Map of Tacoma, Washington Area
In this article, we’ll be covering Tacoma, Washington. Keep reading to learn what you can see in Tacoma and if it is a good place to live.
Where is Tacoma, Washington located on the US Map?
Tacoma, Washington is located on the Pacific Coast side of the United States. The city sits on Washington’s Puget Sound and straddles Commencement Bay. It is only 32 miles southwest of Seattle, and 31 miles northeast of Olympia, Washington’s capital. In the opposite direction of Olympia, Mount Rainier National Park is 59 miles to the northwest.
How big is Tacoma, Washington? Size and Population?
Tacoma, Washington covers 62.42 square miles of land and water. The water area of Tacoma is only 12.71 square miles of the city’s total area.
As of the 2010 U. S. Census, 198,397 people were living in Tacoma. In the last decade, nearly 20,000 people have started living in the city as well. The 2019 estimate put the population at 217,827.
Is Tacoma, Washington a good place to live?
Tacoma, Washington is a good place to live because:
- Affordable Cost of Living
- Temperate Climate
- Average Rainfall
- Spectacular Outdoor Living space
- Teeming Waterfront
- Vibrant Arts Culture
- Walkable City
What are the best areas to live in Tacoma, Washington?
You may be thinking about moving to Seattle but Tacoma is only 45 minutes away and is 40% cheaper than Seattle. Some of the best neighborhoods to consider are:
- North End: This neighborhood offers a waterfront lifestyle. You’ll be a short away from Downtown and 6th Ave with its variety of shops and restaurants. It is considered to be one of the safest and a very family-friendly area in Tacoma. If you don’t want to go downtown, you’ll find charming boutiques and coffee shops,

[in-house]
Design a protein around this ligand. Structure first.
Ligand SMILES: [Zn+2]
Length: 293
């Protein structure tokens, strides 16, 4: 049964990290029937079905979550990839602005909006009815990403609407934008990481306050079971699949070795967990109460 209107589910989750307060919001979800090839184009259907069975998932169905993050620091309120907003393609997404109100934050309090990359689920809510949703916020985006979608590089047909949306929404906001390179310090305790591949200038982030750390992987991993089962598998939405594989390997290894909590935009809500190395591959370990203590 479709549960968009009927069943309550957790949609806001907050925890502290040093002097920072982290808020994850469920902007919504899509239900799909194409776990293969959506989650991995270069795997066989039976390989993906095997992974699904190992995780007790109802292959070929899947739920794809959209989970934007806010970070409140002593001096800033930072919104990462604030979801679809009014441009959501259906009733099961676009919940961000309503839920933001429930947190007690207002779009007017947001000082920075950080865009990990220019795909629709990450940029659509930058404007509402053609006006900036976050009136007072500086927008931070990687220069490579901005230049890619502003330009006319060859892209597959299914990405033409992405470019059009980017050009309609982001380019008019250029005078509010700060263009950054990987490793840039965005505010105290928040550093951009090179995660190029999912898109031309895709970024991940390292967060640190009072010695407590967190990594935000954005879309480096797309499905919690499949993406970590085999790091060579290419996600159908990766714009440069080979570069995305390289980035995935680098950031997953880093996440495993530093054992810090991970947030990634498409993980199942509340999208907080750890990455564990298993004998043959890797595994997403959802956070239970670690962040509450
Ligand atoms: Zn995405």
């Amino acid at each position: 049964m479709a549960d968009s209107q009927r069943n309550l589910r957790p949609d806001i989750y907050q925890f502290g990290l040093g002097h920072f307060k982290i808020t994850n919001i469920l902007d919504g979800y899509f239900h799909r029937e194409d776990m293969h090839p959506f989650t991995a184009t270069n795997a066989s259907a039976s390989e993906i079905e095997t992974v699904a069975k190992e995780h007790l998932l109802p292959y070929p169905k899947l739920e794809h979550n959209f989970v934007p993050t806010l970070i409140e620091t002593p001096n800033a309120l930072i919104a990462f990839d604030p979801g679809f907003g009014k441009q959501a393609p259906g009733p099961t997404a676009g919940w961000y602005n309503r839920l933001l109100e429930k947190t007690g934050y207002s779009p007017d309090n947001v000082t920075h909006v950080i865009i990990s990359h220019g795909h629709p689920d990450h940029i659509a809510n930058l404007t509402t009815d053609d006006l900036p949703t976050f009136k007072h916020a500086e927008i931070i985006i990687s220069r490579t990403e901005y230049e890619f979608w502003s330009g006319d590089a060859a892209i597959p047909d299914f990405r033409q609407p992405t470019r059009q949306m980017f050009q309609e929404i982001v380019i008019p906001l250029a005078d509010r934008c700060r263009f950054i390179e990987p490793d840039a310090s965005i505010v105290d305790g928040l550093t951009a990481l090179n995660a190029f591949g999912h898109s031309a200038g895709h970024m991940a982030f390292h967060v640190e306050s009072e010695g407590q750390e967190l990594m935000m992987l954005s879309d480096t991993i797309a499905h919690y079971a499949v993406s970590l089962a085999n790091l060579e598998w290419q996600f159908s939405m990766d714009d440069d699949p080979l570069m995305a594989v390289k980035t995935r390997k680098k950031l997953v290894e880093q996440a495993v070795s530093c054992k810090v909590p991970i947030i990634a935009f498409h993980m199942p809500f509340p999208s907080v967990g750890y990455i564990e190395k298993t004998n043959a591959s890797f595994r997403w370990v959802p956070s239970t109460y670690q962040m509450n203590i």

- Old Town is another waterfront neighborhood butting up against a stadium, and downtown district. This neighborhood has historic amenities and activities such as the Blues Festival and the Tacoma Old Town Rhythm in the summer. You’ll have lots of restaurants and taverns to choose from.
- New Tacoma: This neighborhood is in the middle of the international trading economy and home to the Tacoma Port. You’ll easily be able to get to the LeMay Car Museum, the Tacoma Dome Arena, the Museum of Glass, and the Puyallup Reservation.
- Lakewood: This neighborhood is affordable and features many lake areas with spectacular views.
- Northeast Tacoma: This is an. incredibly safe neighborhood and has some amazing parks. It is separated from the rest of the city by Puget Sound. You’ll easily be able to get to Dash Point Highlands Park, Alderwood Park, and Norpoint Park. You’ll also be able to get to Downtown Tacoma and find lots of restaurants and coffee shops.
What is Tacoma, Washington known for?
Point Defiance Park is a large urban park. You will find great scenery as you walk, cycle, or run to Owen Beach, Fort Nisqually, and the Point Defiance Zoo & Aquarium. Take in all the historic structures while you’re there.